You’ve heard it before, some people love their Macs while others say that it’s a PC or nothing. Amanda and I have the same issue. She’s a Mac lover and I like my PC with Windows. While there are many similarities, there are also several differences. Primarily, it’s two different ways of thinking. Here’s our battle…
PC – Val’s side of the story…
A lot of businesses use PCs, which is where I started. I’ve always used Windows operating systems and find that programs are easy to install and use. The update issues of the past are now seamlessly handled with the Windows 10 continuous update feature.
There is a huge range in pricing that allows you choices to fit any requirement. The variety of models available make purchasing a PC ideal for any need. I love that there programs/applications on the market for all ages and capabilities. In fact, when my oldest was very young (three years old), he test-marketed new programs for a company. On the other end of the spectrum is my ninety-year-old father using his PC for stock market information, news, and e-mail. Now that my oldest is in college, his PC needs are very different. We were able to find one that fit the engineering/gaming requirements that he has and still not break the bank with the purchase.
Ease of using a PC is important to me too. To close a program, I simply X out of it in the corner. Accessing any programs is click-and-go. Because I do a lot of work on my computer, hard drive space and memory are a plus for me on the PC. PCs in many cases, come with a larger hard drive and bigger memory than a Mac.
In a nutshell, I like PCs for the variety of devices available, price range for any need, ease of use, and wide range of software in the marketplace.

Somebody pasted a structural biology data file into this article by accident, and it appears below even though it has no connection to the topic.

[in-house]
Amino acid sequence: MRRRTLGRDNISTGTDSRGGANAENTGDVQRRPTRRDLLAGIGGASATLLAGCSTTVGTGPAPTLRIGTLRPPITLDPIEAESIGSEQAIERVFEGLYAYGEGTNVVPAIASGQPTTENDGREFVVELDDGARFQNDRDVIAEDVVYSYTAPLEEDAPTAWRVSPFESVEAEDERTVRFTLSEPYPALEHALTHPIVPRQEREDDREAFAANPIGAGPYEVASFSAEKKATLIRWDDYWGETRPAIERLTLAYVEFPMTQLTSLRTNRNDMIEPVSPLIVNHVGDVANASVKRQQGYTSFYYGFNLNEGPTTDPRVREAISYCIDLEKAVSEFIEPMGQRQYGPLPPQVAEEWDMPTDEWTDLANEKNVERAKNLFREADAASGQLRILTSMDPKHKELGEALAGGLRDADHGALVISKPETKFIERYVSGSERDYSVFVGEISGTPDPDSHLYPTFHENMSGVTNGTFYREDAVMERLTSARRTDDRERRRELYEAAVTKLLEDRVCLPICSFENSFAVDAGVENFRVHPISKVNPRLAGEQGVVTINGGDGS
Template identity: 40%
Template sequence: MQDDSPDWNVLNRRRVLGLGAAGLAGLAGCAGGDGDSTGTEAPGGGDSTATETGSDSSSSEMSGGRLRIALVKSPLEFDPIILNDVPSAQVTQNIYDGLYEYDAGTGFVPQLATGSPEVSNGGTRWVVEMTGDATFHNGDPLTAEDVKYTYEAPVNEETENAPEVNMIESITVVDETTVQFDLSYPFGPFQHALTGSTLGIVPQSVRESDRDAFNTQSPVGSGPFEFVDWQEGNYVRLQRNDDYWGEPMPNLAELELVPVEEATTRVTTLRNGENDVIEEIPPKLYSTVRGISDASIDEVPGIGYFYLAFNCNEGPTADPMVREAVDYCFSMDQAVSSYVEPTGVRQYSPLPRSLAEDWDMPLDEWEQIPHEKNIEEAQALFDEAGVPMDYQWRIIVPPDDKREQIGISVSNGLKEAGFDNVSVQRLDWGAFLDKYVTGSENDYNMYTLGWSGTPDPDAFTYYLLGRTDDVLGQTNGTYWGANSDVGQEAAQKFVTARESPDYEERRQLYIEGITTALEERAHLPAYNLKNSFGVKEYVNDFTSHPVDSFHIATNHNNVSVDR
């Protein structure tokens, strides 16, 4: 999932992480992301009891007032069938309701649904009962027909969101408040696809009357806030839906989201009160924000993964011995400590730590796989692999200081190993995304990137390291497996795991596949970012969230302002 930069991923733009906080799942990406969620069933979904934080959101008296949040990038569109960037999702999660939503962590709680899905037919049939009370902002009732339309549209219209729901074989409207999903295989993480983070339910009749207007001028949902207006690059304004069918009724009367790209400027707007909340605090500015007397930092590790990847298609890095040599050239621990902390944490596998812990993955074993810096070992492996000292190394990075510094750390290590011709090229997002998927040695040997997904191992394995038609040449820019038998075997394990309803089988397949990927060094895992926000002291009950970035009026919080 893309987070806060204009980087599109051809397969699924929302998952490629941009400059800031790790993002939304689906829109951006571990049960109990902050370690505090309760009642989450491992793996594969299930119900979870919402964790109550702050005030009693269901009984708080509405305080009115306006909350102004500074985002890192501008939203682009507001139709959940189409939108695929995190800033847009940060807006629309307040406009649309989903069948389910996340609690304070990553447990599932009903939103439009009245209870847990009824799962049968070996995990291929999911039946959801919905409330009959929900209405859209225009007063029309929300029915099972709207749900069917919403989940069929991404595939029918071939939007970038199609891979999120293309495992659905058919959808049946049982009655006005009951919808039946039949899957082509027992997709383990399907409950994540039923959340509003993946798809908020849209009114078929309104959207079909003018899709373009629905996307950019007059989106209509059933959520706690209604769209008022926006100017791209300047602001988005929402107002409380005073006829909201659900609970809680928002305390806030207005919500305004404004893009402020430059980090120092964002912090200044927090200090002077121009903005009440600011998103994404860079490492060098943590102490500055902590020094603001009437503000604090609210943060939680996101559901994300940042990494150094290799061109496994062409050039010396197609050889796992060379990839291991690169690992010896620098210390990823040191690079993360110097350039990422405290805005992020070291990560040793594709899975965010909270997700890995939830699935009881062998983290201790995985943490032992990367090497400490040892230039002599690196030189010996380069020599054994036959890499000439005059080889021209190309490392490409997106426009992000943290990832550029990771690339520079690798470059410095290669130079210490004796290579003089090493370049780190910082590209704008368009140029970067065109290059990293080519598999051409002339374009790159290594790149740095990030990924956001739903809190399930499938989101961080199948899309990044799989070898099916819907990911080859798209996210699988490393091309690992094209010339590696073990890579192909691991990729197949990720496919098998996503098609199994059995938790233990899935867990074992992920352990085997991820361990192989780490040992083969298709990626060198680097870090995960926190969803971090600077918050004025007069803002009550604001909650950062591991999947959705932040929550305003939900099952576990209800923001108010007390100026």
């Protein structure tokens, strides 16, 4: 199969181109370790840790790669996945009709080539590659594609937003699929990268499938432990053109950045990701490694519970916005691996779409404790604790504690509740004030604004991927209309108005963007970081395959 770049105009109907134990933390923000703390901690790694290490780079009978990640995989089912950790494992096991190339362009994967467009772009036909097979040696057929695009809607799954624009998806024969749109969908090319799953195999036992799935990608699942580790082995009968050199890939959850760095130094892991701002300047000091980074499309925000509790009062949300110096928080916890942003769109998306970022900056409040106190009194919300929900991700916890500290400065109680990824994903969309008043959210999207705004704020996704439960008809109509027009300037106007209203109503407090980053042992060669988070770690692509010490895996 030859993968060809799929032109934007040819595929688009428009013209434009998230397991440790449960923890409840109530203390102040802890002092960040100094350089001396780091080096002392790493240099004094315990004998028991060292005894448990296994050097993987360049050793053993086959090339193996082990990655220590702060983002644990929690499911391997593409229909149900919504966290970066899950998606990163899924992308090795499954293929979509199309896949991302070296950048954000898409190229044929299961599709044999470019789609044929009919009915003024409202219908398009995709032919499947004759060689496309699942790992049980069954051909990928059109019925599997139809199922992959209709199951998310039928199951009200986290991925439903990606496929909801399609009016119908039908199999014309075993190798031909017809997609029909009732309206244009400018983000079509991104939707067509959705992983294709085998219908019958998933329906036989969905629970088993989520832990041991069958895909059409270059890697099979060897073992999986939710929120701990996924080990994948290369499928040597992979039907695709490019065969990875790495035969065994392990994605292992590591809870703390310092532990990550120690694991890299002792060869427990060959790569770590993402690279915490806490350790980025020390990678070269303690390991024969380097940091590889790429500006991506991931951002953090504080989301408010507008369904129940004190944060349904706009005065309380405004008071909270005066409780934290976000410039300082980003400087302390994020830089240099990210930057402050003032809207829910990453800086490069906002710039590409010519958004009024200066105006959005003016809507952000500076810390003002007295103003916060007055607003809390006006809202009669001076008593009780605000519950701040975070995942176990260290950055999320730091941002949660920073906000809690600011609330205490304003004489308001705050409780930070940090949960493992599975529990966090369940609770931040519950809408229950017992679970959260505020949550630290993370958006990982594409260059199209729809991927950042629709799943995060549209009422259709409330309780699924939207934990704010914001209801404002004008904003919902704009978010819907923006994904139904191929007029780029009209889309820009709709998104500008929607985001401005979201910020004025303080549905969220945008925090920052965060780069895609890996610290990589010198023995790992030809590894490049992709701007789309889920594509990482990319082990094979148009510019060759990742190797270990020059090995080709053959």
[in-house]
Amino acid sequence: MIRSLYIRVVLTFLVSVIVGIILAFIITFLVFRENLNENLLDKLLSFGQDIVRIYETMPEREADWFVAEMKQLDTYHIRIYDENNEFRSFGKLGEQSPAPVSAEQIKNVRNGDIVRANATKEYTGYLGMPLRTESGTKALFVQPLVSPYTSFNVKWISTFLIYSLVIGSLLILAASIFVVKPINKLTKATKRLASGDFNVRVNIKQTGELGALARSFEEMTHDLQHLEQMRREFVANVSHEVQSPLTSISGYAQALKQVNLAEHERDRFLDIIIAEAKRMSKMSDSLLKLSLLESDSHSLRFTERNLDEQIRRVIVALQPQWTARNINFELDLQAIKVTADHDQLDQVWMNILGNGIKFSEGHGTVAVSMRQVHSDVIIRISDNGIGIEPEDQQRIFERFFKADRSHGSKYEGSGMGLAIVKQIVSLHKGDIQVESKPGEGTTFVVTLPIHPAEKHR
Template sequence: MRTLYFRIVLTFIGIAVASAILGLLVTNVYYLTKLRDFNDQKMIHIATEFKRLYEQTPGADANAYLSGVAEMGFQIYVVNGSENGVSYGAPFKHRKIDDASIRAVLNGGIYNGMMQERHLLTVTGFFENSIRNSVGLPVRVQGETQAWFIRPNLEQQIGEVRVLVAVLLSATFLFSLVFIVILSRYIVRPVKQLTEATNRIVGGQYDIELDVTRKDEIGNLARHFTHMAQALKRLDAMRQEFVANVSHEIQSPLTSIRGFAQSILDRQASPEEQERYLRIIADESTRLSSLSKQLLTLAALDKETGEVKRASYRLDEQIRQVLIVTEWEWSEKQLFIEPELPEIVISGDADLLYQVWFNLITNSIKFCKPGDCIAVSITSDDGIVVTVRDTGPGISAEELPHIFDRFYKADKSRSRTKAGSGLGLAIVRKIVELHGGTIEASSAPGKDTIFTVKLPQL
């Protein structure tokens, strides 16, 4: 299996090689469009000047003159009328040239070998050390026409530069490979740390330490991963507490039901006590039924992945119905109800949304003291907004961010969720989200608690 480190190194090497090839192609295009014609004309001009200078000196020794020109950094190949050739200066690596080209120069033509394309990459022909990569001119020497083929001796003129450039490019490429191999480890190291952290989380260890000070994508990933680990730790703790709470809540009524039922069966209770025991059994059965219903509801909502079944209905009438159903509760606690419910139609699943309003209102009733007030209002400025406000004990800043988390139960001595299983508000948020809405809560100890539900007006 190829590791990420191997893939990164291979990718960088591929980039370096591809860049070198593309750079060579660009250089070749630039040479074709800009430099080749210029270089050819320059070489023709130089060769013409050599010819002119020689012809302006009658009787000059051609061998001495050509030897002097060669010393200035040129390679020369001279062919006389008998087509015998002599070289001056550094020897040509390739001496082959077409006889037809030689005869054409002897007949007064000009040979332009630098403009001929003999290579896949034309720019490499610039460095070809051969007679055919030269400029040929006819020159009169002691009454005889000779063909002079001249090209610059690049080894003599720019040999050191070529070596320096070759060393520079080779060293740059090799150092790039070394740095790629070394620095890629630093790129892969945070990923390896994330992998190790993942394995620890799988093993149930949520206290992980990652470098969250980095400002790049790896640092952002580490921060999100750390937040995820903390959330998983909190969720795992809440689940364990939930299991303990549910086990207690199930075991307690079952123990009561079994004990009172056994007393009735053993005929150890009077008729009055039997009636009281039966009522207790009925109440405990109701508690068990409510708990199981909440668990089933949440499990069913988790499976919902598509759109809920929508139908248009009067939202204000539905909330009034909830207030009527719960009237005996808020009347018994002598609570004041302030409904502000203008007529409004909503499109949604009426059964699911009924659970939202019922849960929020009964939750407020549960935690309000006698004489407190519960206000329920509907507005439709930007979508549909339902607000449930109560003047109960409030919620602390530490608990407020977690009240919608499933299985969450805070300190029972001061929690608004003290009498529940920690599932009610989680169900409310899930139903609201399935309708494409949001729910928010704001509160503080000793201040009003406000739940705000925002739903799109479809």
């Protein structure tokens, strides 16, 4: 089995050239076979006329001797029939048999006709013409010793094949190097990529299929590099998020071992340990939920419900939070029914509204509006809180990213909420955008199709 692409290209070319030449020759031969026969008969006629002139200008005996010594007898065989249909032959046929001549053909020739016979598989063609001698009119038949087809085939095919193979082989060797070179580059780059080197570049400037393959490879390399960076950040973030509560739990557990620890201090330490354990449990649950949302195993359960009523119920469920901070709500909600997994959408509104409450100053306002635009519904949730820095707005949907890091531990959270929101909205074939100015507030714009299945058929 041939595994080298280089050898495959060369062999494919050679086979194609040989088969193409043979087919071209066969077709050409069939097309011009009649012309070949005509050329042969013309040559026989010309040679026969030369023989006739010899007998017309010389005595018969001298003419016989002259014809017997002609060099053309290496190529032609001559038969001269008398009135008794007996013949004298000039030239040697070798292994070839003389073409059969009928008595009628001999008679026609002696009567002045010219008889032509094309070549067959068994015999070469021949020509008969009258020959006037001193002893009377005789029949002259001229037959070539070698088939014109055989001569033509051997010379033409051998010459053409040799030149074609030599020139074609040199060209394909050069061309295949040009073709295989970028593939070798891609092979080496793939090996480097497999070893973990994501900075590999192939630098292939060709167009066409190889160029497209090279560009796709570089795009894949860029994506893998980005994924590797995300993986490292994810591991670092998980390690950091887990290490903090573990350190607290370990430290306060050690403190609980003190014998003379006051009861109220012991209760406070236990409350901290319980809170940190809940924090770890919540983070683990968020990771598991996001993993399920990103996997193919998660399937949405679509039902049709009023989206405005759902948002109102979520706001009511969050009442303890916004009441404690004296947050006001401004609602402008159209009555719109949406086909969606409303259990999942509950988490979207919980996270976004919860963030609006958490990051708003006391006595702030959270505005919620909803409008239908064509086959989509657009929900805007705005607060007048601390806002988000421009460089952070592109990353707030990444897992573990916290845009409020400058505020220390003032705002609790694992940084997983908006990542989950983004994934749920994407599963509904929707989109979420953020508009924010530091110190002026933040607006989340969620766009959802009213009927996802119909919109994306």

Mac – Amanda’s side of the story…
I love my MacBook Pro and all my other Apple devices. I really like how well they all work together.
I realize that as a past Information Technology Specialist that used to work with only PC’s, I’m probably considered a traitor. Do you know what I noticed while working in IT? The small group of people (graphic designers) that worked at my company that used Mac’s rarely needed any service or help.
I really had my first taste of the beauty and glory of a Mac when I was asked to work on the department website. The graphic display was gorgeous and it was WAY faster than the PC’s I used. Truth be told, I’m both a techie and creative so once I saw all the creative things I could on a Mac, it was all over.
The user interface is simple to figure out. Files share back and forth with all my devices nicely. And, although I do have virus protection on my Mac, it’s never gotten a virus (unlike my experience with PCs).
The life expectancy of a PC with Windows is a maximum two years for me. By then, things are getting slow and parts need replaced. I don’t think I’ve ever had a battery last over one year. I never bought the cheap computers. Being a power user, I would purchase something just below top-of-the-line (hey, I wanted it to last two years).
When my last Windows laptop died (I swear the red wine on the keyboard was an accident), I splurged and purchased a MacBook Pro. I love it and I don’t see myself going back anytime soon. My MacBook Pro is close to its 5th birthday. I admit I’m saving up for a new one. When I bought it, I was not working from home. It was just a home computer where I only needed to check email, create a few simple documents, blog and surf the web. I bought the lowest-level MacBook Pro because it’s all I needed. 5 years! That’s a miracle!
It is running slow sometimes and I’ve had several problems with certain applications not working (um… sorry Microsoft, it’s always with Microsoft Office apps). I’m sure some of this problem can be attributed to how old my laptop is, right?
I know you want a clear winner. Really, these days it comes down to what you prefer. Both systems can run various apps for a wide variety of needs. Sometimes it comes down to budget. Macs are expensive and maybe you like new computers every two years – PC would be the way to go for you.
If you are a photographer or into digital creative design, you may prefer a Mac. There’s a reason why most university art departments run on Mac.
When making your decision, ask yourself a few questions.
- What will I be doing with the computer?
- How much do I want to spend?
- How long do I want it to last?
- What system seems the easiest to navigate?